abortion of embryos. He argues that as embryos don’t have a nervous system
and therefore can feel no pain then abortion is justified whether as a
(rather late) method of contraception or for stem cell research, which helps
many people. This would seem a sensible reasonable point of view. However
the abortion limit in the UK is 24 weeks, which is way beyond the embryo
stage. The 24-week foetus is recognisable as a human being. One wonders how
Dawkins views this. We are left wondering for he avoids the subject
completely. I do not follow any religion but I wonder at the morality of
abortion at this stage of the pregnancy.

 There are a few howlers in the book too. He apparently completely

misunderstands the ethno- political situation in Northern Ireland. He states

that the terms Loyalist and Nationalist are euphemisms for Protestant and

Catholic. Loyalist and Nationalist aren’t even antonyms. Loyalist and
Republican are antonyms as are Nationalist and Unionist. This is a man who is
outraged when a child is described as Protestant or Catholic and yet seems
quite happy (or ignorant) to assign incorrect labels to adults. He
hypothesises that if Ulster Catholic and Protestant schools were abolished                          

(there is in fact no such entity as Protestant schools so presumably he
means just Catholic schools)
then the ‘troubles’ would evaporate in a generation! This is highly
satirical stuff. Professor Dawkins loves analogies, to claim such a thing is
to claim that a stepping-stone could bridge a river (the Boyne perhaps?)
 

 

It would seem Professor Dawkins would love to see a world where there was no
religion. He would have us rise up against the natural selection and memes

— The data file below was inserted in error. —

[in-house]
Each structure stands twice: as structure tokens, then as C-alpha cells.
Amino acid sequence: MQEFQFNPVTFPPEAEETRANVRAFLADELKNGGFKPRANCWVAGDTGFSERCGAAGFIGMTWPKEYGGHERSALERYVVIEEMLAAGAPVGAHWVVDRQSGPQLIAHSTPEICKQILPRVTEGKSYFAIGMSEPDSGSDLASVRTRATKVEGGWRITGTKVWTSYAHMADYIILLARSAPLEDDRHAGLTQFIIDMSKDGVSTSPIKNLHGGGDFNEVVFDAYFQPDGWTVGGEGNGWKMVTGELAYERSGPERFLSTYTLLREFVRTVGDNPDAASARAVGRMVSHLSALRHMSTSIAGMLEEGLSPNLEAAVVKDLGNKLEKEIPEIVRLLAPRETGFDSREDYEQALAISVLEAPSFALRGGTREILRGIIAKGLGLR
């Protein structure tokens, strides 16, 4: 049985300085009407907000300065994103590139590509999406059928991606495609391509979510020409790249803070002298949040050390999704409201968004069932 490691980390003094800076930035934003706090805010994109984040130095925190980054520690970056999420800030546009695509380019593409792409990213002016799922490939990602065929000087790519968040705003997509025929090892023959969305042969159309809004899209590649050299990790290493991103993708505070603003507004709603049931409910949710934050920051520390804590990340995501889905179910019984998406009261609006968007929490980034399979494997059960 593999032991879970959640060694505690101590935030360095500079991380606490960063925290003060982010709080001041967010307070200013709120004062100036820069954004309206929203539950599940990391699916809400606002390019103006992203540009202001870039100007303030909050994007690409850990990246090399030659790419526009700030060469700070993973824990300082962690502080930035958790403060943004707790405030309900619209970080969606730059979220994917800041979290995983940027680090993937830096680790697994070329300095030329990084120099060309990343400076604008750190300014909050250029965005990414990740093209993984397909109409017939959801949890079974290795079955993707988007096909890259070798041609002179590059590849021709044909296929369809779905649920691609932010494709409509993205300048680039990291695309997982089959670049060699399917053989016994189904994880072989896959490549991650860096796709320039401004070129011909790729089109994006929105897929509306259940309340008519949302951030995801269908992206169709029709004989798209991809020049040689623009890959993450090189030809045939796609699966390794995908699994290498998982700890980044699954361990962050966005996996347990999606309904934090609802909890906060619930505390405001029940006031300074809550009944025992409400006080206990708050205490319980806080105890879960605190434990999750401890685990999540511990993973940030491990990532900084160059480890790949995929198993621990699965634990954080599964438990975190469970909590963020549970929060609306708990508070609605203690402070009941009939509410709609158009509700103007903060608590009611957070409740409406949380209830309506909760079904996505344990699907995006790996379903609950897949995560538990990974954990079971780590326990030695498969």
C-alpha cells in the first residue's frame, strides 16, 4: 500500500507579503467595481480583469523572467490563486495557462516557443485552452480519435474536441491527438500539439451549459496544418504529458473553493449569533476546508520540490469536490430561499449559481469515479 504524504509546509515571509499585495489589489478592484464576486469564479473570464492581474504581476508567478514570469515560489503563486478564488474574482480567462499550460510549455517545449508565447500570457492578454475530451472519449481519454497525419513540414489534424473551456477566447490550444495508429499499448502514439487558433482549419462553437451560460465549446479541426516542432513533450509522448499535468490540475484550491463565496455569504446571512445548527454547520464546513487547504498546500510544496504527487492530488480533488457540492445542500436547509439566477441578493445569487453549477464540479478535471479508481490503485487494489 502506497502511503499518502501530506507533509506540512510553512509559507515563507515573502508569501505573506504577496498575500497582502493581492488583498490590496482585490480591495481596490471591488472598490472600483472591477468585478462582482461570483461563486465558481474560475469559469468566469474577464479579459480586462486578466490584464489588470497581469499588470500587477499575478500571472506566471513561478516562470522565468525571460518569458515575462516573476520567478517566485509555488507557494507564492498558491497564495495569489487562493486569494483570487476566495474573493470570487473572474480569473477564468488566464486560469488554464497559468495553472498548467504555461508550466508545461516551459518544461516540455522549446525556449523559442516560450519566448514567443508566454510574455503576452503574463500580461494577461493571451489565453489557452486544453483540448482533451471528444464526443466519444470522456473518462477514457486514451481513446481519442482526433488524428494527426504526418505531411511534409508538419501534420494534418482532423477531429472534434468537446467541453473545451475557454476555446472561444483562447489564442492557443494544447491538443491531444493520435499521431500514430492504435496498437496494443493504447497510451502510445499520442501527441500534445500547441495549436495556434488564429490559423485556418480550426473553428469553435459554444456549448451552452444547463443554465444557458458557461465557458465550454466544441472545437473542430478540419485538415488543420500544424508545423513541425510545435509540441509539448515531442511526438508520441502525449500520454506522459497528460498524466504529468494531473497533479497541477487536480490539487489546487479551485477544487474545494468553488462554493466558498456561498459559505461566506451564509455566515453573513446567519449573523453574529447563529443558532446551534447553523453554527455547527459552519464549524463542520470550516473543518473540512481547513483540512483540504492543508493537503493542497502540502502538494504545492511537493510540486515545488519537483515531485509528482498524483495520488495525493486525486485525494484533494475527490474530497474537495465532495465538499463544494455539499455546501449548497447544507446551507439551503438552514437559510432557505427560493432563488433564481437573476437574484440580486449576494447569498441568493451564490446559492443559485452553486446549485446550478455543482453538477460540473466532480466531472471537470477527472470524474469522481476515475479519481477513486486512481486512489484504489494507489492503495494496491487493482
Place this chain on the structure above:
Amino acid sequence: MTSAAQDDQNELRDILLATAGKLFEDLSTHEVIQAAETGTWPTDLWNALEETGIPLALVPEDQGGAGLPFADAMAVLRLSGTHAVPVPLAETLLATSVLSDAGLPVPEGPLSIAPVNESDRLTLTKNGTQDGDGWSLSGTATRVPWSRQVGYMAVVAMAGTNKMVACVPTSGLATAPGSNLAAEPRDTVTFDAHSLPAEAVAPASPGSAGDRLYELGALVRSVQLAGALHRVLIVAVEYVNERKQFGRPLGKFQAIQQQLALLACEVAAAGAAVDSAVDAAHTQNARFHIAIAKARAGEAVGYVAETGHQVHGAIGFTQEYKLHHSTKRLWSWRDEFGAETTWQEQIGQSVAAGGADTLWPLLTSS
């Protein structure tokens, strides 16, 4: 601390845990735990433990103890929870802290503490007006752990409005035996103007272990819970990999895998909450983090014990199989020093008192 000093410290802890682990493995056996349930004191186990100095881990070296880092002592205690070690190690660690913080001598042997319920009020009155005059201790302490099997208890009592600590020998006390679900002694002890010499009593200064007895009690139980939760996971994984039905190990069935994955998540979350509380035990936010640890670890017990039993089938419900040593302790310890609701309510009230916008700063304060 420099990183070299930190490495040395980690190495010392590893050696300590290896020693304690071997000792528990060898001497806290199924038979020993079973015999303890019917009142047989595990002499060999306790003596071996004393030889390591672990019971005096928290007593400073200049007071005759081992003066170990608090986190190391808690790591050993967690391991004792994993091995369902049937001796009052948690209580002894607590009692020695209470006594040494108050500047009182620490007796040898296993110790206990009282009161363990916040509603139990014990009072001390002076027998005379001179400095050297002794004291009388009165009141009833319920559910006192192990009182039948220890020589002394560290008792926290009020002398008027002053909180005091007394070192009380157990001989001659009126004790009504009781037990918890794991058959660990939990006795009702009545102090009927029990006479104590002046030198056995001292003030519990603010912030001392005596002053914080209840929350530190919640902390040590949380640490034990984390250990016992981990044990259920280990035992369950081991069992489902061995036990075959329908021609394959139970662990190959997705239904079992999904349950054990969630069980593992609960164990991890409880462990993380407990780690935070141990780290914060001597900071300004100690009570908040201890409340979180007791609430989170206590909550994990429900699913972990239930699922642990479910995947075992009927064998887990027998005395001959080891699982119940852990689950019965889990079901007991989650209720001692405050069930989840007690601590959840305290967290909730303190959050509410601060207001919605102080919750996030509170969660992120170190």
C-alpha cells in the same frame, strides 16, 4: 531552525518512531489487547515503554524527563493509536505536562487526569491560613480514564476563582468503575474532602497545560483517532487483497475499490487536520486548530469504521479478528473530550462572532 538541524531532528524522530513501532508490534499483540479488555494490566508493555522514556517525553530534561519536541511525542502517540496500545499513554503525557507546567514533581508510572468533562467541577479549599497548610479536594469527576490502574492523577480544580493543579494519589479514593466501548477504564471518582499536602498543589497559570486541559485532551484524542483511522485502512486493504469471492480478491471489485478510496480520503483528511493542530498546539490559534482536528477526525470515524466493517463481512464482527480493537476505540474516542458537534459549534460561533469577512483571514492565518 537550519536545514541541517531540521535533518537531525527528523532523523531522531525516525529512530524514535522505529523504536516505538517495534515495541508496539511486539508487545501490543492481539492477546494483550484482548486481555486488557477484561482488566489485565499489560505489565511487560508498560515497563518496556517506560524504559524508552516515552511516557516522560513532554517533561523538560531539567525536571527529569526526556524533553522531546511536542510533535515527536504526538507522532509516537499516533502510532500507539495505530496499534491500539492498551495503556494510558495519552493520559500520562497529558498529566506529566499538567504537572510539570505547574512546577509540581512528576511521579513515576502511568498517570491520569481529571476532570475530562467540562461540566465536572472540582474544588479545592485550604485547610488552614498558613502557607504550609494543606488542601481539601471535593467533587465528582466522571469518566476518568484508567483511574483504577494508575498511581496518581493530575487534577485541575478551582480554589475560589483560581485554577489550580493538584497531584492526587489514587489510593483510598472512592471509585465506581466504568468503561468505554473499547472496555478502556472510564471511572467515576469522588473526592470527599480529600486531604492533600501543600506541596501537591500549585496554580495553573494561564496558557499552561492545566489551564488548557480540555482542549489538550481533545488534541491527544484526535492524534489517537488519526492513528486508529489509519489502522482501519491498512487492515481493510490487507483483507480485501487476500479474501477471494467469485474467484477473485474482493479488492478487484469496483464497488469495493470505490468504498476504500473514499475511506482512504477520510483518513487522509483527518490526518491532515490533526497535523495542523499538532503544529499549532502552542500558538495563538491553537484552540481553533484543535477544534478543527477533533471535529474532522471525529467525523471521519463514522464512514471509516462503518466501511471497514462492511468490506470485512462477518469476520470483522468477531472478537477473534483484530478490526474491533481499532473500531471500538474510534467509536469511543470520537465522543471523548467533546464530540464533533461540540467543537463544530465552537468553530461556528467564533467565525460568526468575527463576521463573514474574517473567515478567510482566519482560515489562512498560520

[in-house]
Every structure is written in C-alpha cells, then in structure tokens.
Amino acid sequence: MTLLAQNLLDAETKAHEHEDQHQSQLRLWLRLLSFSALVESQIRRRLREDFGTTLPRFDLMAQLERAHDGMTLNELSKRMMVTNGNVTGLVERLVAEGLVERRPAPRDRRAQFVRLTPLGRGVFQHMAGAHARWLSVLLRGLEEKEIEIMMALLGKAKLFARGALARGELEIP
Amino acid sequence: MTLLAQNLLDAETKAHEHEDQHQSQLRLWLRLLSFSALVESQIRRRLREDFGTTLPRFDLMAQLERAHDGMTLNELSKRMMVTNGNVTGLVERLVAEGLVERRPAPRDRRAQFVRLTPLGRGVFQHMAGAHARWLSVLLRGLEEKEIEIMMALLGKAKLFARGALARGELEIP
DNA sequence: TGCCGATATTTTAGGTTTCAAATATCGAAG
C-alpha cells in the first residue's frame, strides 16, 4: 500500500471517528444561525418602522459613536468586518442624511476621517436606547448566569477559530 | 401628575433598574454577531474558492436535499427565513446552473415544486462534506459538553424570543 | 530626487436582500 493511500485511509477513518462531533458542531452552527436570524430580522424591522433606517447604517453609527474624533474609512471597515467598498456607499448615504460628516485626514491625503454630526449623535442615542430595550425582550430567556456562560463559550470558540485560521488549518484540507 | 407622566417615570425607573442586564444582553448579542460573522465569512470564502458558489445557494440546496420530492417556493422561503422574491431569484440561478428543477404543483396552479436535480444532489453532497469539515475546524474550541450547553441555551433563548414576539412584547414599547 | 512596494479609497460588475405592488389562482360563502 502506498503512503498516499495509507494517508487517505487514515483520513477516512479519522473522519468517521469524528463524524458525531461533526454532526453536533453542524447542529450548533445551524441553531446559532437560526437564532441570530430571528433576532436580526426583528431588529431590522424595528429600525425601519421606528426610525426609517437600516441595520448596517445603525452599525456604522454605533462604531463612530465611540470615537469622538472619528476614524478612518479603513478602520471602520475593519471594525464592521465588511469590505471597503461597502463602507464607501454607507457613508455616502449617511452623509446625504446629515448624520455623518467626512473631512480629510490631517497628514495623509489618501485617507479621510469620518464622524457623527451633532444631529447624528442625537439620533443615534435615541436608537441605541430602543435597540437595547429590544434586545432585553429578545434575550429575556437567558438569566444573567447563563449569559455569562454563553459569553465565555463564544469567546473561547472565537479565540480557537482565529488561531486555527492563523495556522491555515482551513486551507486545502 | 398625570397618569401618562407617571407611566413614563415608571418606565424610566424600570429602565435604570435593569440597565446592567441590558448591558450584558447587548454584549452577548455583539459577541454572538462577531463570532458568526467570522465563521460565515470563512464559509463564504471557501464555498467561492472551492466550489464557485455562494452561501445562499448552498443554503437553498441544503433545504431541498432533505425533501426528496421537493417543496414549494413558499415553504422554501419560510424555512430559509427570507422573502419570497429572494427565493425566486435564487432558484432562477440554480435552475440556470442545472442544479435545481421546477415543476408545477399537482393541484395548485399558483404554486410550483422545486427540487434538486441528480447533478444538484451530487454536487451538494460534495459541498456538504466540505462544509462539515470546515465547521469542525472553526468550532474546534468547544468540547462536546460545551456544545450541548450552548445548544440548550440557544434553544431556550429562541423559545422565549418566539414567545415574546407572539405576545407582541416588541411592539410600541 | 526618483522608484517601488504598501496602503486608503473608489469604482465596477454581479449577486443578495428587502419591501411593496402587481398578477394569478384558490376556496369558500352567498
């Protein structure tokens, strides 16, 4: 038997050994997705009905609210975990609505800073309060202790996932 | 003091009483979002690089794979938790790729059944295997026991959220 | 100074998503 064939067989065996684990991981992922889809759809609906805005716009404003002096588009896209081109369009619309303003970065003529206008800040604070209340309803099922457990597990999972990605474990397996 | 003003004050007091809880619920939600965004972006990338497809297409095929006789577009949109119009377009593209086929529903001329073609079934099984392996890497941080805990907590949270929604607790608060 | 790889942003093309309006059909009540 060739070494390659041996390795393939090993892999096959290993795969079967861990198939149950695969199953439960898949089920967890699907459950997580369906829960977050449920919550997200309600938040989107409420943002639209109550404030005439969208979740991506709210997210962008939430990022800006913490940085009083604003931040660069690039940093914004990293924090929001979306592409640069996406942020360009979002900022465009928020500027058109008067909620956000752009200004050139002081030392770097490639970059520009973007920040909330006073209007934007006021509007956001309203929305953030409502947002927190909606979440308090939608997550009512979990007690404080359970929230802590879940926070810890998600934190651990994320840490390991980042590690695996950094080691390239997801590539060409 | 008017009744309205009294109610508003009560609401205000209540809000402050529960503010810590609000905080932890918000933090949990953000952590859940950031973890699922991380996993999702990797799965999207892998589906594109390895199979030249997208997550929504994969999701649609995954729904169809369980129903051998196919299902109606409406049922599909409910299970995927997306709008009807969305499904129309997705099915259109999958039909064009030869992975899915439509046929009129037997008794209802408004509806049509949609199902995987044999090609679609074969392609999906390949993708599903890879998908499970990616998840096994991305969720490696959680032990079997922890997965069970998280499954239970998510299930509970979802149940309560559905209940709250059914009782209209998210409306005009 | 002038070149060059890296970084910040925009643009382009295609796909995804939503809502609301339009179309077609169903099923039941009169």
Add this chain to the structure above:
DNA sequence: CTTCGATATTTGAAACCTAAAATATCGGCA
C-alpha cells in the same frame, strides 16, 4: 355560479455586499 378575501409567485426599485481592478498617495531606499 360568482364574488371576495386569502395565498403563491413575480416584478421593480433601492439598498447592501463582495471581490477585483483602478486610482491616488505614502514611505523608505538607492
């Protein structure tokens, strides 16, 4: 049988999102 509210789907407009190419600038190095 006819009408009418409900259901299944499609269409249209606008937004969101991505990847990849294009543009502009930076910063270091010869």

(a term Dawkins coined himself in the 70’s to describe cultural beliefs
which pass down the generations) which have produced these belief systems.
He would have Amish parents in the USA tried for child abuse for
indoctrinating their children and depriving them of computers, t.v. and he
would argue a proper education. The facts that the Amish pose no threat to
their non-religious neighbours, teach pacifism, have no childhood obesity,
non existent crime, no drug or drink problem and seem on the whole to live
happy and fulfilled lives cuts no ice in the court of Dawkins. They must
know his scientific version of the truth and give up the way of life they
have led for hundreds of years. These peoples’ ancestors fled Europe in the
eighteenth century to escape religious persecution. It would be ironic if
they were to face the same thing in our so-called enlightened times.

It would be unfair and indeed untruthful of me to say that I didn’t enjoy
the book. Dawkins intellectual case for there being no personal God is one
that is almost impossible to argue with. He illustrates his points very well
with pithy analogies (‘to believe that the world is 6,000 years old is like
believing that Los Angeles is 700 yards from New York’).  However I share
Dawkins’ friend and fellow atheist Daniel Dennet’s misgivings that it would
be desirable to hasten the death of religion by similar intolerance
exercised by the religious fundamentalists.

I was fascinated by this passage quoting Steve Grand in the final chapter of
the book.

‘Think of an experience you clearly remember, something you can see, feel,
maybe even smell, as if you are really there. After all, you really were
there at the time, weren’t you? How else would you remember it? But here is
the bombshell: you weren’t there. Not a single atom that is in your body
today was there when that event took place. Matter flows from place to place
and momentarily comes together to be you. Whatever you are, therefore, you
are not the stuff of which you are made. If that doesn’t make the hair stand
up on the back of your neck, read it again until it does, because it is
important’.

I cast my mind back over 200 pages and remembered Dawkins refuting dualism
i.e. a distinction between body and mind. He declared himself a monist i.e.
body and mind being one. Perhaps I am missing something or maybe it’s just
that I don’t know enough about science but doesn’t the above passage kind of
support dualism?

As I say the book poses as many questions as it answers.